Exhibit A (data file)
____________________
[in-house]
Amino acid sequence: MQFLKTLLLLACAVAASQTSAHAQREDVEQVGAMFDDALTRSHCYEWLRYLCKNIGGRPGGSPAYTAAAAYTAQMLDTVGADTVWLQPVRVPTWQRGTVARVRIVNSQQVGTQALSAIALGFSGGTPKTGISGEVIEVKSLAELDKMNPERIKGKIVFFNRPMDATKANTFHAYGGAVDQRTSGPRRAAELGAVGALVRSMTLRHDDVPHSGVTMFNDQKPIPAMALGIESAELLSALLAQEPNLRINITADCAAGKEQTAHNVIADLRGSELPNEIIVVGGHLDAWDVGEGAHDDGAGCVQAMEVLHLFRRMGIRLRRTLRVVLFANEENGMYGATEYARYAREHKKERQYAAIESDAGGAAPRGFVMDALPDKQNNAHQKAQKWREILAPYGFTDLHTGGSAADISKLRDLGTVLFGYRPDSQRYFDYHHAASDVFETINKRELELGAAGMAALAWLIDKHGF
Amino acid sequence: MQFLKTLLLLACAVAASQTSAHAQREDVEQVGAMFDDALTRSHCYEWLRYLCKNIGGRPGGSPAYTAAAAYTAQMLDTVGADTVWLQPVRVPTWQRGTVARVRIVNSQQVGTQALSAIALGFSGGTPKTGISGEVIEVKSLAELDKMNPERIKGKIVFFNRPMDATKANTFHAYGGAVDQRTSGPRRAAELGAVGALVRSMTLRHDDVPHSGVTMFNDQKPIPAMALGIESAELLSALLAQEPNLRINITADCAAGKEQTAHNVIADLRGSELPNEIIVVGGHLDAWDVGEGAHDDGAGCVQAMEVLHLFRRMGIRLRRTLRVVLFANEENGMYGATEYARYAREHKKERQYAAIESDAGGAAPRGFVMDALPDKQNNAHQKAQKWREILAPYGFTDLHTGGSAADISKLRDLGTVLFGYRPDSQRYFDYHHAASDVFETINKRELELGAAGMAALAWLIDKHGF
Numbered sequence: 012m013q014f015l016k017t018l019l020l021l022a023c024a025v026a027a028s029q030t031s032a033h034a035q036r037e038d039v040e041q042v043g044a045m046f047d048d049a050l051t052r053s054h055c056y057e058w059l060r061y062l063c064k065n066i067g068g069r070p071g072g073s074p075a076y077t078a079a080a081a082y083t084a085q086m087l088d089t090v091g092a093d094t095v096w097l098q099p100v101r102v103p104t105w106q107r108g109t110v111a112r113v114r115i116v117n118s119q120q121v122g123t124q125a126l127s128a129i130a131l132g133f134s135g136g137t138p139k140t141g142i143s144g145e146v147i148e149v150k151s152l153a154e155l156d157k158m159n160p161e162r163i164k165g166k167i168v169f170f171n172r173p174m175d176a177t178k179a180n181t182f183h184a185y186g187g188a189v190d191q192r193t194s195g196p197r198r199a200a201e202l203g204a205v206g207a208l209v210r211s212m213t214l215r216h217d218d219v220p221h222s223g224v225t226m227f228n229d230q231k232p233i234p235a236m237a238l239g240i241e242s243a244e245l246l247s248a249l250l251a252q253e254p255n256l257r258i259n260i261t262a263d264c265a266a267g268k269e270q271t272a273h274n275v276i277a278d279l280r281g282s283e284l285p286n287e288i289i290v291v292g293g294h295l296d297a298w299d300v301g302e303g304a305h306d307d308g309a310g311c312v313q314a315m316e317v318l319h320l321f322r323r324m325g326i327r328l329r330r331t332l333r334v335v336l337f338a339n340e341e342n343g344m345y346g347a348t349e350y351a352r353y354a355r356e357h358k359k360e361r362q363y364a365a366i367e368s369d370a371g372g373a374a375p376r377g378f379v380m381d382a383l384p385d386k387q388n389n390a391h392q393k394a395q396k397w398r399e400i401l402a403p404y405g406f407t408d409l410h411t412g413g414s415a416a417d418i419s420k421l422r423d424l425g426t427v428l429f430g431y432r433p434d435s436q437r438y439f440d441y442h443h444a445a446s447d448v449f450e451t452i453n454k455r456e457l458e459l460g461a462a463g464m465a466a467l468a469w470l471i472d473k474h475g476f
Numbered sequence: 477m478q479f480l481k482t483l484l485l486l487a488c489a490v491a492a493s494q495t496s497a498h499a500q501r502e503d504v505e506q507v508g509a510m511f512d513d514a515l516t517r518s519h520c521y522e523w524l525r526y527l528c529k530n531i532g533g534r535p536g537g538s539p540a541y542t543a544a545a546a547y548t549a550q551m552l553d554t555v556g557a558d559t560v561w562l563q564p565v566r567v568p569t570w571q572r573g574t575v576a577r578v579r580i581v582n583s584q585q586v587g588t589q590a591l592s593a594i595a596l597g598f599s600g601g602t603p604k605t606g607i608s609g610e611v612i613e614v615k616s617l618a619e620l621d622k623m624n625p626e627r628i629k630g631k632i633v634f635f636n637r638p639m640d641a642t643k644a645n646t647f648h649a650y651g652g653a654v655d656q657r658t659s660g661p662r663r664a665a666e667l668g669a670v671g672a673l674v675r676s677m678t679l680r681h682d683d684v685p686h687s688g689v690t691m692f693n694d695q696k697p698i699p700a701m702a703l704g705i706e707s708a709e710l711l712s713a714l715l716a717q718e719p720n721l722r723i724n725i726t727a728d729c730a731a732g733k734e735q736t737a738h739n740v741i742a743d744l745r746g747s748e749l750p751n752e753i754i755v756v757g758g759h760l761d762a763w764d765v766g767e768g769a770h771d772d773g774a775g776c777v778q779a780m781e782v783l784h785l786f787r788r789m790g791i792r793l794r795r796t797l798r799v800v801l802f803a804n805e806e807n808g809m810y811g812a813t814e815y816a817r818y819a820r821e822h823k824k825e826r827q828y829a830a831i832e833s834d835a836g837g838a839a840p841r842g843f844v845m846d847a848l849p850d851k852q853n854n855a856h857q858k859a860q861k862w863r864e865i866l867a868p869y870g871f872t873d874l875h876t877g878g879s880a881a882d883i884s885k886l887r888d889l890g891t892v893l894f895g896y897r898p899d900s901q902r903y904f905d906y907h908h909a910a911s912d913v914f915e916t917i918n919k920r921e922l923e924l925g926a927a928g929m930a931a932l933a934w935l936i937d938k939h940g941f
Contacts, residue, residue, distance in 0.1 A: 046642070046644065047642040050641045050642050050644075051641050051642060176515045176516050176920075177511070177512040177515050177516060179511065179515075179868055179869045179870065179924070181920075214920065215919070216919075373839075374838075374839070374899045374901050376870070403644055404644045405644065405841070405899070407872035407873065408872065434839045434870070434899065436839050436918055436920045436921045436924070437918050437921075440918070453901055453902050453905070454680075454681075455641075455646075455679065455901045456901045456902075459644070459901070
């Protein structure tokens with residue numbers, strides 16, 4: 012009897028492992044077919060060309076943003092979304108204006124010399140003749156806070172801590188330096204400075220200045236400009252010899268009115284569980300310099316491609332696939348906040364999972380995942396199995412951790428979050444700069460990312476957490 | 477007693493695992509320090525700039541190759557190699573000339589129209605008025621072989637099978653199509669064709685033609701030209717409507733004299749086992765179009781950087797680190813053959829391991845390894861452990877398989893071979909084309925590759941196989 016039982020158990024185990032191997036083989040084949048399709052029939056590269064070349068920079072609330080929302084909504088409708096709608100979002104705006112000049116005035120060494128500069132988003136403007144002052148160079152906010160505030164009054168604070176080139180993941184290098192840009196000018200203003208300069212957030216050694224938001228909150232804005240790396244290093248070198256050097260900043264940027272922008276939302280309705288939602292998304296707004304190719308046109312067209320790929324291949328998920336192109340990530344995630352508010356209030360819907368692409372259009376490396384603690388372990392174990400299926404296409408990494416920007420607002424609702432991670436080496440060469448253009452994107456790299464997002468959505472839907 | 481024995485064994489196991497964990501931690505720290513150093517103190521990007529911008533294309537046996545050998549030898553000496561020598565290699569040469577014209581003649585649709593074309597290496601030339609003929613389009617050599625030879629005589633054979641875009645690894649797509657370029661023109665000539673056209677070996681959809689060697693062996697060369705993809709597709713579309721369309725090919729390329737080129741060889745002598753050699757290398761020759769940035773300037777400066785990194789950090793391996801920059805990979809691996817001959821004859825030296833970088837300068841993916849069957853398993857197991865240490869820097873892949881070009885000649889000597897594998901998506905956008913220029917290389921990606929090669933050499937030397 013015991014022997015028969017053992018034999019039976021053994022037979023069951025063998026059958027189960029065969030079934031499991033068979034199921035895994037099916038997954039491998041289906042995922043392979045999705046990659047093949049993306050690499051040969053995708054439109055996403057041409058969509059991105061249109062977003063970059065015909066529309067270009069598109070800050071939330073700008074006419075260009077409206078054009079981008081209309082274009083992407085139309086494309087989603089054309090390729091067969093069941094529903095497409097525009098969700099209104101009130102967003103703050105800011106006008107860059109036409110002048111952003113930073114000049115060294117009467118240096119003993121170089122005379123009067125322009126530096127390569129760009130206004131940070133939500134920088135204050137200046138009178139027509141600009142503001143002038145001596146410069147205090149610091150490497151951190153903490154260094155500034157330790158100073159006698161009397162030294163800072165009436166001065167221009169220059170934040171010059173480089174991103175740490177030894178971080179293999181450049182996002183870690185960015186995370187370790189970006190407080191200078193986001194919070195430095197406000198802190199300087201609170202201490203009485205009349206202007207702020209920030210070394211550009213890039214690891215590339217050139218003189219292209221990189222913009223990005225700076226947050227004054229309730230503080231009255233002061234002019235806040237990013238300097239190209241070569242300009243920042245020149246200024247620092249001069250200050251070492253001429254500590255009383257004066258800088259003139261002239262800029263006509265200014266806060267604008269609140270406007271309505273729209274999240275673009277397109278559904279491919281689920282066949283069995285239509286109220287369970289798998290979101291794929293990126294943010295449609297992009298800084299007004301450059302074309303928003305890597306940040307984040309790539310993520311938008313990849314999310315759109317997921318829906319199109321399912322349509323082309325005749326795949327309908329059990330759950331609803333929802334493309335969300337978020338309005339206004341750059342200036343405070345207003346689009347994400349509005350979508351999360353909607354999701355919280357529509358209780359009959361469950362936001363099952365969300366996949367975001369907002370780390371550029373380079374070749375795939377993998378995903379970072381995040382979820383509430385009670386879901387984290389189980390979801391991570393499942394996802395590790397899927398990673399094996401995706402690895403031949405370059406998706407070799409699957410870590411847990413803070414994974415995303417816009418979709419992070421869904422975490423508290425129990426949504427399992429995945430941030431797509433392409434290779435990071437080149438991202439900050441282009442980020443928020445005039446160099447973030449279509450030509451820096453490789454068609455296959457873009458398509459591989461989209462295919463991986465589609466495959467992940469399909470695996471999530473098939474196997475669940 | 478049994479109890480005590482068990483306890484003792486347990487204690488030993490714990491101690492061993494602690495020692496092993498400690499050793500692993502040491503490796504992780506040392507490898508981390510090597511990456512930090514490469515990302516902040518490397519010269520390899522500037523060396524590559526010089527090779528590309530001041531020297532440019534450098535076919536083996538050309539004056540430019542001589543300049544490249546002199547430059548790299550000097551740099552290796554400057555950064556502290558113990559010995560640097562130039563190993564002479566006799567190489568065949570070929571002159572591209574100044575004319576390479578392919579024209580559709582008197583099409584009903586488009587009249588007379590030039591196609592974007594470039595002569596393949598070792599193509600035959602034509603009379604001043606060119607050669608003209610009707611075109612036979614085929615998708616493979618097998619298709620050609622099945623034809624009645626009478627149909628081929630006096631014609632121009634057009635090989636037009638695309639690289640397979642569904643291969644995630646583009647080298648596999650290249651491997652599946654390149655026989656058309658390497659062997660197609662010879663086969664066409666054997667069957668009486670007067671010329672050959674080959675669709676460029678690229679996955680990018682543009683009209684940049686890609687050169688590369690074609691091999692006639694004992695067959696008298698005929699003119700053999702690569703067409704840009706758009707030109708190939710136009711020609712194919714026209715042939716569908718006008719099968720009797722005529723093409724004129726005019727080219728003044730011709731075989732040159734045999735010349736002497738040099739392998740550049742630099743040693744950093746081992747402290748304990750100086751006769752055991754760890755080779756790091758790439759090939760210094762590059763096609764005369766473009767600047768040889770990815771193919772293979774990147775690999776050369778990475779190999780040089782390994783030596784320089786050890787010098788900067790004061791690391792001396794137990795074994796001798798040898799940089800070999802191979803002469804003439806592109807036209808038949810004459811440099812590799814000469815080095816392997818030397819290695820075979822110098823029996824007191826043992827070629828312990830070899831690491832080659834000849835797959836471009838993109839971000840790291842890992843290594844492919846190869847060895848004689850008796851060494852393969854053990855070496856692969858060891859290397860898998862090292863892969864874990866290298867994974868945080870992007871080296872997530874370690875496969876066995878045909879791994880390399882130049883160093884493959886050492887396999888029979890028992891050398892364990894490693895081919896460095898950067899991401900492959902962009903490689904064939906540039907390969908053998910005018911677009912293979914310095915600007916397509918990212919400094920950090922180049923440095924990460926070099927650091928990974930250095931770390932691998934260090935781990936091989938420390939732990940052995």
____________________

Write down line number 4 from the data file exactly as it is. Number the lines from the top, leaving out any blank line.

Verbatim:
Numbered sequence: 012m013q014f015l016k017t018l019l020l021l022a023c024a025v026a027a028s029q030t031s032a033h034a035q036r037e038d039v040e041q042v043g044a045m046f047d048d049a050l051t052r053s054h055c056y057e058w059l060r061y062l063c064k065n066i067g068g069r070p071g072g073s074p075a076y077t078a079a080a081a082y083t084a085q086m087l088d089t090v091g092a093d094t095v096w097l098q099p100v101r102v103p104t105w106q107r108g109t110v111a112r113v114r115i116v117n118s119q120q121v122g123t124q125a126l127s128a129i130a131l132g133f134s135g136g137t138p139k140t141g142i143s144g145e146v147i148e149v150k151s152l153a154e155l156d157k158m159n160p161e162r163i164k165g166k167i168v169f170f171n172r173p174m175d176a177t178k179a180n181t182f183h184a185y186g187g188a189v190d191q192r193t194s195g196p197r198r199a200a201e202l203g204a205v206g207a208l209v210r211s212m213t214l215r216h217d218d219v220p221h222s223g224v225t226m227f228n229d230q231k232p233i234p235a236m237a238l239g240i241e242s243a244e245l246l247s248a249l250l251a252q253e254p255n256l257r258i259n260i261t262a263d264c265a266a267g268k269e270q271t272a273h274n275v276i277a278d279l280r281g282s283e284l285p286n287e288i289i290v291v292g293g294h295l296d297a298w299d300v301g302e303g304a305h306d307d308g309a310g311c312v313q314a315m316e317v318l319h320l321f322r323r324m325g326i327r328l329r330r331t332l333r334v335v336l337f338a339n340e341e342n343g344m345y346g347a348t349e350y351a352r353y354a355r356e357h358k359k360e361r362q363y364a365a366i367e368s369d370a371g372g373a374a375p376r377g378f379v380m381d382a383l384p385d386k387q388n389n390a391h392q393k394a395q396k397w398r399e400i401l402a403p404y405g406f407t408d409l410h411t412g413g414s415a416a417d418i419s420k421l422r423d424l425g426t427v428l429f430g431y432r433p434d435s436q437r438y439f440d441y442h443h444a445a446s447d448v449f450e451t452i453n454k455r456e457l458e459l460g461a462a463g464m465a466a467l468a469w470l471i472d473k474h475g476f